“Not one of these people, according to interviews I read in newspaper clippings at the Cooperstown public library, not one of those 13 people seemed depressed or suicidal at all. They were all happily married and doing quite well,” Scooter says.
The sheriff nods.
“The next part of the story is where things get strange because it’s where I have a personal connection to the story, which started at least 100 years ago.”
Miller raises his eyes.
April 24, 1931 – Deaths of Kevin and Linda – Devil’s Paintbrush
“In 1931, there were two more deaths at Devil’s Paintbrush. They shut the resort immediately after what happened in 1914, locked it up, and abandoned it. Then two years into the great depression, a married couple named Kevin and Linda Tierney began squatting in the abandoned kitchen.”
“They’d lost everything, and they needed a place to stay. Winter was coming, and they had no people. Both their families had moved to California the year before the depression. In 1931 Kevin learned about the empty buildings at Happy Times resort. He and his wife snuck in there; the couple became squatters.”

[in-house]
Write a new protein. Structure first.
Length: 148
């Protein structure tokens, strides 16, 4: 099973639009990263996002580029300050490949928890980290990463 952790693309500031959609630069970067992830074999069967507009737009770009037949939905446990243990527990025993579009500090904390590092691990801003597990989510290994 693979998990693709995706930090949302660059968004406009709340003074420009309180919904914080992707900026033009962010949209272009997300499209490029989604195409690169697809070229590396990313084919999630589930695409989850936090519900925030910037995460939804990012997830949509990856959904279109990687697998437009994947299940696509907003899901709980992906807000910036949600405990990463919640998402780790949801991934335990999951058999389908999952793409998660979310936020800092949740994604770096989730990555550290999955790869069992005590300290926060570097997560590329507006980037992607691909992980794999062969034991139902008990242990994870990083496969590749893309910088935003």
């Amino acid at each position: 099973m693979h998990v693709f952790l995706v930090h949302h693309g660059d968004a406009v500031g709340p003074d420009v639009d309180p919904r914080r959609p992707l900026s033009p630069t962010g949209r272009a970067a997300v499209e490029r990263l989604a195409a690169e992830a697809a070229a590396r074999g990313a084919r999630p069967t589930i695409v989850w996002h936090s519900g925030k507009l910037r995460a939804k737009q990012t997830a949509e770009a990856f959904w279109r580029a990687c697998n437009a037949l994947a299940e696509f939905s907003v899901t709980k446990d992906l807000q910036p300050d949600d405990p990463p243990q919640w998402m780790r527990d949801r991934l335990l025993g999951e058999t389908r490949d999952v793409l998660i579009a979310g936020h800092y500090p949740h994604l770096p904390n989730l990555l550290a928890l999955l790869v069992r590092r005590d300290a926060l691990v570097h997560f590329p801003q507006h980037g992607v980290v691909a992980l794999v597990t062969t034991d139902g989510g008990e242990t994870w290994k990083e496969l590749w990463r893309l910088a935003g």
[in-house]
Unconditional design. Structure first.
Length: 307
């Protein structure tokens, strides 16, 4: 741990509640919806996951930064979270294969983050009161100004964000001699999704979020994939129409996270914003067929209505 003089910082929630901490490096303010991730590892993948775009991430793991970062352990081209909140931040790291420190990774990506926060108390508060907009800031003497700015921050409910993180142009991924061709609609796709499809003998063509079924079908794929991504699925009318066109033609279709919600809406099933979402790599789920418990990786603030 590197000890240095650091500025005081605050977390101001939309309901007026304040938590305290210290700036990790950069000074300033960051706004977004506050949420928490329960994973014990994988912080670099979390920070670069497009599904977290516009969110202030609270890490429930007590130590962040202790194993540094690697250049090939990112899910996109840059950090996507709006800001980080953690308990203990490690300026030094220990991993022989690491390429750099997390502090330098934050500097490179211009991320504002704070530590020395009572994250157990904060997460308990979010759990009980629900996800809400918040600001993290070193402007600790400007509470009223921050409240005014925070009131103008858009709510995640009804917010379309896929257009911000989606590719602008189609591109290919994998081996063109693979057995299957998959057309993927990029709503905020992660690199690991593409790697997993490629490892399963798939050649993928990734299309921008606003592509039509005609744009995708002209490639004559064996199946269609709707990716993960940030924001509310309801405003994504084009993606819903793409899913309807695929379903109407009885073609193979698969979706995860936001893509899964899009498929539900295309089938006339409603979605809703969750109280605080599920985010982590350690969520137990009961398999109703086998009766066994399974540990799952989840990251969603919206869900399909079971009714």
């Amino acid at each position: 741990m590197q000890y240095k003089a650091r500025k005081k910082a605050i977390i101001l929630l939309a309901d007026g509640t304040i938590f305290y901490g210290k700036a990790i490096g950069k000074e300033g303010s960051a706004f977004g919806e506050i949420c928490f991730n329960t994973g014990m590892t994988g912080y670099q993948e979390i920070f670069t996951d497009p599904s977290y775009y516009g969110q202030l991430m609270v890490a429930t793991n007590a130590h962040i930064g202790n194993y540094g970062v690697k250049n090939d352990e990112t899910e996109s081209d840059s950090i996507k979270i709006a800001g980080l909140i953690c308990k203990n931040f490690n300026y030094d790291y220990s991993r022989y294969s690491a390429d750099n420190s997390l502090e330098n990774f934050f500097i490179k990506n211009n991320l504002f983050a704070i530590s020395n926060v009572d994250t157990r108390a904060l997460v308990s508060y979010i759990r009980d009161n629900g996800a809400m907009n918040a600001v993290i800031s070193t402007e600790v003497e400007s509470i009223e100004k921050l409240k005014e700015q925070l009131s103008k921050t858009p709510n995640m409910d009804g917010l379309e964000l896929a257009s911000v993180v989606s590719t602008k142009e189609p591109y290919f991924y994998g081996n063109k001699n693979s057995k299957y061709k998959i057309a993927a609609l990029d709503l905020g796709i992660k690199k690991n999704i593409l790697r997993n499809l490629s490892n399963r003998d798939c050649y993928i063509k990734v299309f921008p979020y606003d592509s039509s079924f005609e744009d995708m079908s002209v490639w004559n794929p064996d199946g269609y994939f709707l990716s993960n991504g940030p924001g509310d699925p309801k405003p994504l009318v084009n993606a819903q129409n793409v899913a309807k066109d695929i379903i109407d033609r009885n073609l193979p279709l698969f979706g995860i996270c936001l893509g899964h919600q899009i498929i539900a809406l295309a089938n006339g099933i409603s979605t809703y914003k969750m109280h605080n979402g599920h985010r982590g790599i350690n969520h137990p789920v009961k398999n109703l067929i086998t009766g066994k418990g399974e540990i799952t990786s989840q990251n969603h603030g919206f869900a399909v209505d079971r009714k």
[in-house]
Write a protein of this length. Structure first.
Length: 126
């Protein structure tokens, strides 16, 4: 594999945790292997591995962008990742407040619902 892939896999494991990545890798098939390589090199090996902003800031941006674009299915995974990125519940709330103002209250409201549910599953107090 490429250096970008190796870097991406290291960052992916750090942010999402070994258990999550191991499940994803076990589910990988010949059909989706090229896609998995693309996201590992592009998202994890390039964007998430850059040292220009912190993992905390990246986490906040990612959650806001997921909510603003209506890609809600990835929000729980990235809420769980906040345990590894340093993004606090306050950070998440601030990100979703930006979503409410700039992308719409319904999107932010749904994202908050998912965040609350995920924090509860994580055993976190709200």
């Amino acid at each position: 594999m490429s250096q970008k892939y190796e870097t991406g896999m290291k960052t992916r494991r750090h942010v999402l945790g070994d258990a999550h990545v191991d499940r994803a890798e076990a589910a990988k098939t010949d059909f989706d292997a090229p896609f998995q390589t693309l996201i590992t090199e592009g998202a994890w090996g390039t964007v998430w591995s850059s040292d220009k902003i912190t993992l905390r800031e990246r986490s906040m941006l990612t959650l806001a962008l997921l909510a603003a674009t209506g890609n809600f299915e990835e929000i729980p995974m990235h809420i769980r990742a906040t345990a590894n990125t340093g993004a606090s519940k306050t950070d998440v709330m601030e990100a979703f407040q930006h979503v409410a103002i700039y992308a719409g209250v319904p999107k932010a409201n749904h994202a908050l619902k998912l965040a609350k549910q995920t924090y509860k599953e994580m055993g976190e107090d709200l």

“As unlikely as it may sound, I promise you it’s true; Linda Tierney was my mom’s cousin.”
Scooter pauses and reads silently from a notepad.
“One night shortly after the young couple arrived there, Linda tied her husband Kevin to the bed and slowly cuts him to death. The coroner said she cut her husband’s body over 940 times.”
Sheriff Miller, this was a happy couple who, again according to the Cooperstown library clippings, never fought. They were deeply in love. My mom said she still remembers their wedding and how she knew they were totally in love.”